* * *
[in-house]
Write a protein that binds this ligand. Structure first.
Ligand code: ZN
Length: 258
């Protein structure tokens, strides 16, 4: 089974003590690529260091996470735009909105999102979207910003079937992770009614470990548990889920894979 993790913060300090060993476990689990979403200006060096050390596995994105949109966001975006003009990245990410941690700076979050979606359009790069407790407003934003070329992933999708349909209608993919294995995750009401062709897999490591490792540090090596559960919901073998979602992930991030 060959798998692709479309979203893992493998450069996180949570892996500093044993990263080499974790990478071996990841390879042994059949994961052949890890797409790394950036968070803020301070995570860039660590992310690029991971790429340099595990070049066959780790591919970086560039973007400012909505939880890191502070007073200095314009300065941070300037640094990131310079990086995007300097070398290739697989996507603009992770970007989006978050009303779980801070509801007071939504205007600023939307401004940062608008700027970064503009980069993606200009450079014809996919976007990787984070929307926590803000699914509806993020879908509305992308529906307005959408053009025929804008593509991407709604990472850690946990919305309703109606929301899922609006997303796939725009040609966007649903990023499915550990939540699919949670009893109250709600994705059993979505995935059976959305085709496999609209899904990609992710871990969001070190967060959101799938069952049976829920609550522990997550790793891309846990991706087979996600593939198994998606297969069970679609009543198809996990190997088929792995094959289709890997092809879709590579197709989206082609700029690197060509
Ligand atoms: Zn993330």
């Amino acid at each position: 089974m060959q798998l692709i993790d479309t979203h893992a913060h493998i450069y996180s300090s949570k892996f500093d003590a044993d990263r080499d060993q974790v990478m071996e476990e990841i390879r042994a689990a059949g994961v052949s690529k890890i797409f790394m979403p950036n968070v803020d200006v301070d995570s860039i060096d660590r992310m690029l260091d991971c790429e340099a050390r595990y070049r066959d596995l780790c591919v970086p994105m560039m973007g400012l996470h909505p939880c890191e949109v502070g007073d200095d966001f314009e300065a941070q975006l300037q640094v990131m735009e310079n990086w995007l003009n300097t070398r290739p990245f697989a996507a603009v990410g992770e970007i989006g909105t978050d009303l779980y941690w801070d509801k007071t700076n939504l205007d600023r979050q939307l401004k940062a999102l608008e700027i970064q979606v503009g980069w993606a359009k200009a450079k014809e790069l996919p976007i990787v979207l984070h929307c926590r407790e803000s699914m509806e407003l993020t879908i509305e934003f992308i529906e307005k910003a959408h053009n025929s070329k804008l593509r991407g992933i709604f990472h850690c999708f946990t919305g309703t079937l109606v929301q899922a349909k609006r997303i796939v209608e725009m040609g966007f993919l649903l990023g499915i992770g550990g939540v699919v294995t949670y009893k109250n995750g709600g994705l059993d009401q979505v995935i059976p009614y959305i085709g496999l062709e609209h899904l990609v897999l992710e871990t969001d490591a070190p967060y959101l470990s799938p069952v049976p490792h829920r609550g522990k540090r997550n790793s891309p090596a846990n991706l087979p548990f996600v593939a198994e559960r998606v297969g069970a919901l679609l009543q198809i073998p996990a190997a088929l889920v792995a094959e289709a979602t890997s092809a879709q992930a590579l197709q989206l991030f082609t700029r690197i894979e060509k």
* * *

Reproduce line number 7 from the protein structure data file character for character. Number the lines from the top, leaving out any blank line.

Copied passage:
């Amino acid at each position: 089974m060959q798998l692709i993790d479309t979203h893992a913060h493998i450069y996180s300090s949570k892996f500093d003590a044993d990263r080499d060993q974790v990478m071996e476990e990841i390879r042994a689990a059949g994961v052949s690529k890890i797409f790394m979403p950036n968070v803020d200006v301070d995570s860039i060096d660590r992310m690029l260091d991971c790429e340099a050390r595990y070049r066959d596995l780790c591919v970086p994105m560039m973007g400012l996470h909505p939880c890191e949109v502070g007073d200095d966001f314009e300065a941070q975006l300037q640094v990131m735009e310079n990086w995007l003009n300097t070398r290739p990245f697989a996507a603009v990410g992770e970007i989006g909105t978050d009303l779980y941690w801070d509801k007071t700076n939504l205007d600023r979050q939307l401004k940062a999102l608008e700027i970064q979606v503009g980069w993606a359009k200009a450079k014809e790069l996919p976007i990787v979207l984070h929307c926590r407790e803000s699914m509806e407003l993020t879908i509305e934003f992308i529906e307005k910003a959408h053009n025929s070329k804008l593509r991407g992933i709604f990472h850690c999708f946990t919305g309703t079937l109606v929301q899922a349909k609006r997303i796939v209608e725009m040609g966007f993919l649903l990023g499915i992770g550990g939540v699919v294995t949670y009893k109250n995750g709600g994705l059993d009401q979505v995935i059976p009614y959305i085709g496999l062709e609209h899904l990609v897999l992710e871990t969001d490591a070190p967060y959101l470990s799938p069952v049976p490792h829920r609550g522990k540090r997550n790793s891309p090596a846990n991706l087979p548990f996600v593939a198994e559960r998606v297969g069970a919901l679609l009543q198809i073998p996990a190997a088929l889920v792995a094959e289709a979602t890997s092809a879709q992930a590579l197709q989206l991030f082609t700029r690197i894979e060509k």